“The truth is, I found being a stripper liberating. Who would have thought it?! It allowed me to shed sexual inhibitions; it gave me a huge pool of strong female friends who were intelligent, radical, open and great fun; it empowered me with a decent income that allowed me to be independent, supported me through my university degree and offered a tremendous creative opportunity that has resulted in a lifetime of positive artistic recognition and eventually this very book.”
- Cammie Toloui
The project was photographed in the early 90s when Cammie Toloui was working as a stripper at the Lusty Lady Theater in San Francisco to fund her photojournalism degree at San Francisco State University.
Customers who paid to view her naked body and watch her perform sex acts on herself were offered a discounted price if they consented to being photographed. The resulting series of black and white photographs, baroque-like in their dramatic lighting, are free of any prejudice. Instead, they are compellingly imbued with a deep sense of curiosity and understanding, with each photograph revealing a broad spectrum of sexuality, fetishes, and often-private aspects of masculinity.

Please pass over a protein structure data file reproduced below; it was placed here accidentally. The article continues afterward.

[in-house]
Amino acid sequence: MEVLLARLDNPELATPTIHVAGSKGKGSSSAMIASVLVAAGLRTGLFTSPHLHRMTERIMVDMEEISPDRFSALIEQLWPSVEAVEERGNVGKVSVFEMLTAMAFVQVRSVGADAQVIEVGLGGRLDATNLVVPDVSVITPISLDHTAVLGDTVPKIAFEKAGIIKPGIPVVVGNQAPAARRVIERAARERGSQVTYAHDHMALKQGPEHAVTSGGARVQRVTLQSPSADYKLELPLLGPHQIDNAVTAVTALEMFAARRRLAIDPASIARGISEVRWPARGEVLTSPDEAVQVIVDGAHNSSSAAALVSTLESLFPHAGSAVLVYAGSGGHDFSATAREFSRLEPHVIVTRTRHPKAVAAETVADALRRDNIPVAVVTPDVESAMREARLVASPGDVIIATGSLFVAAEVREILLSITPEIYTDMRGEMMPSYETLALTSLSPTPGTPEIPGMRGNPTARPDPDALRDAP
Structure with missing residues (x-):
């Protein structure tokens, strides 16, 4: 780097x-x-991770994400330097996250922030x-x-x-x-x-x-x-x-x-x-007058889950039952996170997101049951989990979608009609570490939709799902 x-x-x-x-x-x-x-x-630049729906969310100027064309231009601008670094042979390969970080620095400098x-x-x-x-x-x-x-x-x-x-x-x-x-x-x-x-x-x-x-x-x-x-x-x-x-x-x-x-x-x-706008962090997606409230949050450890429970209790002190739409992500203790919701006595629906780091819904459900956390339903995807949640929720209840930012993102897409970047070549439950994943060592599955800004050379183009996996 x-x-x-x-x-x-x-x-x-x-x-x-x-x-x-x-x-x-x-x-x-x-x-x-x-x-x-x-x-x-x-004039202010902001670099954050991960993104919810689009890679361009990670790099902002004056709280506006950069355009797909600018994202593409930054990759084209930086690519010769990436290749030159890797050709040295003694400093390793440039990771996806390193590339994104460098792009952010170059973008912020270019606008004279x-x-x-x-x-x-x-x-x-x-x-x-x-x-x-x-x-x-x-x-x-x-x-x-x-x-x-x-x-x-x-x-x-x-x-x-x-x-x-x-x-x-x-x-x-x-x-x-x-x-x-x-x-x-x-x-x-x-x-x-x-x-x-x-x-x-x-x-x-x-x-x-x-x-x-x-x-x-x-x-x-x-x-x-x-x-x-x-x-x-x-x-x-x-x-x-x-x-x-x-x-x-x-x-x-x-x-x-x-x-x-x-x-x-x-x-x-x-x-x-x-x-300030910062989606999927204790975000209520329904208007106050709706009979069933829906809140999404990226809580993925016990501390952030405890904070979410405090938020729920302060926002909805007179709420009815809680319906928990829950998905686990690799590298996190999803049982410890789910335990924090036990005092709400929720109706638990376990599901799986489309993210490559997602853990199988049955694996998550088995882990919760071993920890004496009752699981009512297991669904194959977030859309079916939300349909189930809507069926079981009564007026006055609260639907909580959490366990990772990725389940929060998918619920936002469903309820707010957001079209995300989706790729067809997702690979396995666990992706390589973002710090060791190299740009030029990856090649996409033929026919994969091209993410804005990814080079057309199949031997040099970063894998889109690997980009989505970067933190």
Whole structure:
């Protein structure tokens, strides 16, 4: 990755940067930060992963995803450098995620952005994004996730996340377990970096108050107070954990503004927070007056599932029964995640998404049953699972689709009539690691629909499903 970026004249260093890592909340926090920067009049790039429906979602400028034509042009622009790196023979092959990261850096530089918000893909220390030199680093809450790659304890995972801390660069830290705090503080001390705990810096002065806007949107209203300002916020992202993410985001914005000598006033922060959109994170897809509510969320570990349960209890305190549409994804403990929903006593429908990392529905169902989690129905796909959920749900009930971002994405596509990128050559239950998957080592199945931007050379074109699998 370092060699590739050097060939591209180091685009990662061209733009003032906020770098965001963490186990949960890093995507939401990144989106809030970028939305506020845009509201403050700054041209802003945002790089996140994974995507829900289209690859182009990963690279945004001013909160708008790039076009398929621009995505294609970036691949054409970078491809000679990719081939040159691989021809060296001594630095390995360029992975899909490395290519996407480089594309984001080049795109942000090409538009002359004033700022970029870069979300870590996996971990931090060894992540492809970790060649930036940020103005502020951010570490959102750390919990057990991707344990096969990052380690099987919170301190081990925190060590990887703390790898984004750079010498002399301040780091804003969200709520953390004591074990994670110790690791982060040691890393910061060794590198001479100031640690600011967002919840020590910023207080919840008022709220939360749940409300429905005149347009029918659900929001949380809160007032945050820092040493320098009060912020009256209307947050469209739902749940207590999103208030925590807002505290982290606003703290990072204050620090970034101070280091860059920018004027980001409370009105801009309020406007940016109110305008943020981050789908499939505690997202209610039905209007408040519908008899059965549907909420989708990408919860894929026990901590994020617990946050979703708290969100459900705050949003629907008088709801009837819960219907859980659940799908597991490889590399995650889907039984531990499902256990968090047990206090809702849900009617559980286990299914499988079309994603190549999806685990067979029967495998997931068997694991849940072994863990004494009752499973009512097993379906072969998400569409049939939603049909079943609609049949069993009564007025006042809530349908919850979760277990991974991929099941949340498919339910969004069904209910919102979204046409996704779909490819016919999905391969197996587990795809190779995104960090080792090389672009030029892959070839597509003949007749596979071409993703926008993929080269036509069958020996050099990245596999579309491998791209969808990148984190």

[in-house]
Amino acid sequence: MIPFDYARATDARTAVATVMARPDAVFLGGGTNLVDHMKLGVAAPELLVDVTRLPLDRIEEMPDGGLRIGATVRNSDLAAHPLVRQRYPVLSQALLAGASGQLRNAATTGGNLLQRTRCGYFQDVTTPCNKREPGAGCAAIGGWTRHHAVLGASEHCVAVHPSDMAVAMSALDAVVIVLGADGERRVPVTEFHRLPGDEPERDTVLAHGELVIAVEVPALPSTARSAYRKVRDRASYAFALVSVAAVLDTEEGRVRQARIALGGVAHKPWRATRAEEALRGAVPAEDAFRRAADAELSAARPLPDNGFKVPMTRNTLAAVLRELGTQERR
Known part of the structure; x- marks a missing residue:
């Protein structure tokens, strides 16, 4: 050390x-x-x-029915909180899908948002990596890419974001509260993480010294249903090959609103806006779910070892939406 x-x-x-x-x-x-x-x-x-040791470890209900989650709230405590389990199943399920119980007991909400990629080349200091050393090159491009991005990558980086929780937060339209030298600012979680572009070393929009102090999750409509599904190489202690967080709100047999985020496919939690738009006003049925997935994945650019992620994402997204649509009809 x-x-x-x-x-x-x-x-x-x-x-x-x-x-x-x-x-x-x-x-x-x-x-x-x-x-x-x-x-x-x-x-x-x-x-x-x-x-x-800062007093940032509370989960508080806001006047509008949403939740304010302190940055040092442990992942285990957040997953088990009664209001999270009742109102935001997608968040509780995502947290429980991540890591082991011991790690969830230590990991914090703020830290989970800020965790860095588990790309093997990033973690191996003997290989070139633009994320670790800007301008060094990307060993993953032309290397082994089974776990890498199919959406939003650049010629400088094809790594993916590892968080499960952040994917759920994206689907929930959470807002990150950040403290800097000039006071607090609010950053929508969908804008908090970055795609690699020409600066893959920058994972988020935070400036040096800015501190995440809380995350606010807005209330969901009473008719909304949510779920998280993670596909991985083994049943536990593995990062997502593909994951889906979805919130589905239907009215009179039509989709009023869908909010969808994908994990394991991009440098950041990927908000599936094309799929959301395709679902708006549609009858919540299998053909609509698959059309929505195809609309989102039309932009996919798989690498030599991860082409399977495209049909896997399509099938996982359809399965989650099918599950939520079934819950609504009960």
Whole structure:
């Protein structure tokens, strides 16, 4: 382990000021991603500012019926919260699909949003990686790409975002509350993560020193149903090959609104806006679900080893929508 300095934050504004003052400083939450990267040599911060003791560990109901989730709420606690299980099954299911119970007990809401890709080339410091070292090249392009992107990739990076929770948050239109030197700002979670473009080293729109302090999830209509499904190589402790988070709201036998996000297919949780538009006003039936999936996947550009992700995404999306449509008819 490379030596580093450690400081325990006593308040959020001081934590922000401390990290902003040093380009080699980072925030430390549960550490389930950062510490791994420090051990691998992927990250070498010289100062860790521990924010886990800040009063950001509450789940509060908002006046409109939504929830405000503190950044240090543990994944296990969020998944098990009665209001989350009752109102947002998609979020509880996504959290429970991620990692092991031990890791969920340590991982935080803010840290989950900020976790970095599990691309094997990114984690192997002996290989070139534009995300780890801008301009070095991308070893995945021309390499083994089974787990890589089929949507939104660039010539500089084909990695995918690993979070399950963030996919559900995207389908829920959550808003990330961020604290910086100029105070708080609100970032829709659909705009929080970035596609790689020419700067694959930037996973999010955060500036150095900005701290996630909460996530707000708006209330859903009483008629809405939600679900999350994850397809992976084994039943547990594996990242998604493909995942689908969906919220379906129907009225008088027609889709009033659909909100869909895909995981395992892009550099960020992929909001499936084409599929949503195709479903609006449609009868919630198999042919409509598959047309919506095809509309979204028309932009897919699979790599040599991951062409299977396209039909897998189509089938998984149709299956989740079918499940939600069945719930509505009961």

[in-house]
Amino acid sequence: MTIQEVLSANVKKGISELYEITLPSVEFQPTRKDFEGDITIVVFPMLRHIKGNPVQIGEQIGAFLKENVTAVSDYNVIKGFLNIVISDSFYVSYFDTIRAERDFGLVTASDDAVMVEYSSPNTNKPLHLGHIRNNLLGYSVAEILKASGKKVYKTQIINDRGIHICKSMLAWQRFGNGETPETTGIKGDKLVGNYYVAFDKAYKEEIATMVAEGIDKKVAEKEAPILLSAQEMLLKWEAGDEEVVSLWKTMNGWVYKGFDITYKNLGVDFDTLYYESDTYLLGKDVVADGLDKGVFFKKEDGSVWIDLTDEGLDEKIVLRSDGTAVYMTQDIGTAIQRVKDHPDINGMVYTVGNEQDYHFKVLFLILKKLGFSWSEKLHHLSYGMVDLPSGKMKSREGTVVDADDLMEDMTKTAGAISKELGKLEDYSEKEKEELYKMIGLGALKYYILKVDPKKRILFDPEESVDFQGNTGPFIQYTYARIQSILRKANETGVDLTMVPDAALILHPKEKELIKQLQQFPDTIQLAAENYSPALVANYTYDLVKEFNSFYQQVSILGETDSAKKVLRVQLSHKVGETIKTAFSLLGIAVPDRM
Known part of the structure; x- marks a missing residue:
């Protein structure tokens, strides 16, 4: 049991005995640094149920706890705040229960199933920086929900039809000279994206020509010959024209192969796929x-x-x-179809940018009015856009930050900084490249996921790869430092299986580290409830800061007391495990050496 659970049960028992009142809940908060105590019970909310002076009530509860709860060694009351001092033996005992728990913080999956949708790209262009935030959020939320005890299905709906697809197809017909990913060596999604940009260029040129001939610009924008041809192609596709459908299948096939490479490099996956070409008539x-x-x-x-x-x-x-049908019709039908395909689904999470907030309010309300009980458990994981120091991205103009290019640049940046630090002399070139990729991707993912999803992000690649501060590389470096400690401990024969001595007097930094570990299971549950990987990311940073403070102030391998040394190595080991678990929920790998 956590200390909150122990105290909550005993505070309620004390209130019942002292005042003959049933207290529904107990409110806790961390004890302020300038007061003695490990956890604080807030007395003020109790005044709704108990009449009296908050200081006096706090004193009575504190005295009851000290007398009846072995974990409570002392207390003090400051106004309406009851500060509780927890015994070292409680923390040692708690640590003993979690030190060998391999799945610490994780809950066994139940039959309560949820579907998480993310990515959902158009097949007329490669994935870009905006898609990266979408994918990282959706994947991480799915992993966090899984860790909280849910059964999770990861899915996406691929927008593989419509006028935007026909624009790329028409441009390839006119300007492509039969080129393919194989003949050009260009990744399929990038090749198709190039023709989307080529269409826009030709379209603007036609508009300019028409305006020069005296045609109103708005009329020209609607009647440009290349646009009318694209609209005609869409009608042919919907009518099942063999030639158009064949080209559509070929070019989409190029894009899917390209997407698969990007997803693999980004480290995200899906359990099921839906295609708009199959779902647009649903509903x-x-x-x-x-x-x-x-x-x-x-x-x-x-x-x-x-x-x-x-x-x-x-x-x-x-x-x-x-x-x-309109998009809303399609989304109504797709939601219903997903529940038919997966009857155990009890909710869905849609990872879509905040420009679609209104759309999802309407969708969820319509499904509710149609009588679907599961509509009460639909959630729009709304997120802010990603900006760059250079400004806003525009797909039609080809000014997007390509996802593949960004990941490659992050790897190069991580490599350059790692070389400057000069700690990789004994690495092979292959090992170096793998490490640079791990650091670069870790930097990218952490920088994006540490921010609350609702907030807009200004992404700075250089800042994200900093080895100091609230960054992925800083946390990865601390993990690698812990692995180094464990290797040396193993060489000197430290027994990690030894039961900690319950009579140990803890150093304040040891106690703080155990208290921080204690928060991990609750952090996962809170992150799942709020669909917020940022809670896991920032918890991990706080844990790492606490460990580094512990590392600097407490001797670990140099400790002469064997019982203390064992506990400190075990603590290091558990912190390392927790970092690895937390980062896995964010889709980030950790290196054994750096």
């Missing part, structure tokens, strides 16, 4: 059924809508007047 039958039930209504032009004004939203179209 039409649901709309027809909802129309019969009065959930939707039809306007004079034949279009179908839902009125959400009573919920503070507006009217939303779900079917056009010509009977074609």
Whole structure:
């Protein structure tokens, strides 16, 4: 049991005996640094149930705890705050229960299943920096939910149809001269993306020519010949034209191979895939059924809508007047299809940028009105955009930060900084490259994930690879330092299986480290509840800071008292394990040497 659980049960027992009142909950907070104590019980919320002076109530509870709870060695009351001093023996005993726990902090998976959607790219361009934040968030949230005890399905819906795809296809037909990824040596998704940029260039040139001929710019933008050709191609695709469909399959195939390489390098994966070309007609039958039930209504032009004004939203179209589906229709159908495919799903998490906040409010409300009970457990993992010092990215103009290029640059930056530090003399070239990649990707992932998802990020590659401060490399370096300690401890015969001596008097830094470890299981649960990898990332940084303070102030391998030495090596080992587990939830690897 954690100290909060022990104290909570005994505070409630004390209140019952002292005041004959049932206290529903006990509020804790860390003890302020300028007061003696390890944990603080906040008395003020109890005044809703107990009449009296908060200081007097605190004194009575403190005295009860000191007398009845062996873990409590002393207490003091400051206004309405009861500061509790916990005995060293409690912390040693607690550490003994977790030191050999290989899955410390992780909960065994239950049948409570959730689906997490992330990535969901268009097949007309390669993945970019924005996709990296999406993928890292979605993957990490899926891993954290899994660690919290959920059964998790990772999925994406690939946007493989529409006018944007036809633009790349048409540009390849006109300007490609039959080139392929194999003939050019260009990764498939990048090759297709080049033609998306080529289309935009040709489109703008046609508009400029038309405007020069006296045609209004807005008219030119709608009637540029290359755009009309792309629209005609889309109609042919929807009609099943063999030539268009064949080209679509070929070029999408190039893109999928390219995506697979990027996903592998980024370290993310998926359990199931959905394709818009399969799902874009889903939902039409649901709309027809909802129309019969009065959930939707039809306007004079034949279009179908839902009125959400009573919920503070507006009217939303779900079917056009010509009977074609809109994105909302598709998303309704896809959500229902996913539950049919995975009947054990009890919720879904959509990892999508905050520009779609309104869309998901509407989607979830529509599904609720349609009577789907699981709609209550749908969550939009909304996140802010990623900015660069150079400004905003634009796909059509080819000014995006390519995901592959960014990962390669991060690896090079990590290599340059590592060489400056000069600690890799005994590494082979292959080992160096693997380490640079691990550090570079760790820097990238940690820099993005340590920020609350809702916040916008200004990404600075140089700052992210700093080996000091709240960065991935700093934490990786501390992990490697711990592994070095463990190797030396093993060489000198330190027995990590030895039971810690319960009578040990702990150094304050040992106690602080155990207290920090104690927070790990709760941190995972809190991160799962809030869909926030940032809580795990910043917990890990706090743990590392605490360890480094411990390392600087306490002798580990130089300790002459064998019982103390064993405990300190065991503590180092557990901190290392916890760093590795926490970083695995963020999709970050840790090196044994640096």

“I smuggled my camera into work and got up the courage to ask my first customer if I could take his picture, offering him a free dildo show in exchange. He didn’t seem at all hesitant, and in fact I was shocked when he came back the following week, asking if I would take his picture again. This was an important lesson in the workings of the male ego and served me well for the next two years as a stripper, and the rest of my career as a photographer.” - Cammie Toloui
Today, the series retains a deeply powerful urgency and importance because of how Cammie Toloui took control of and inverted the male gaze, turning it back on itself, at a time where the male gaze was an overarching dominant force within daily life, both culturally and socially.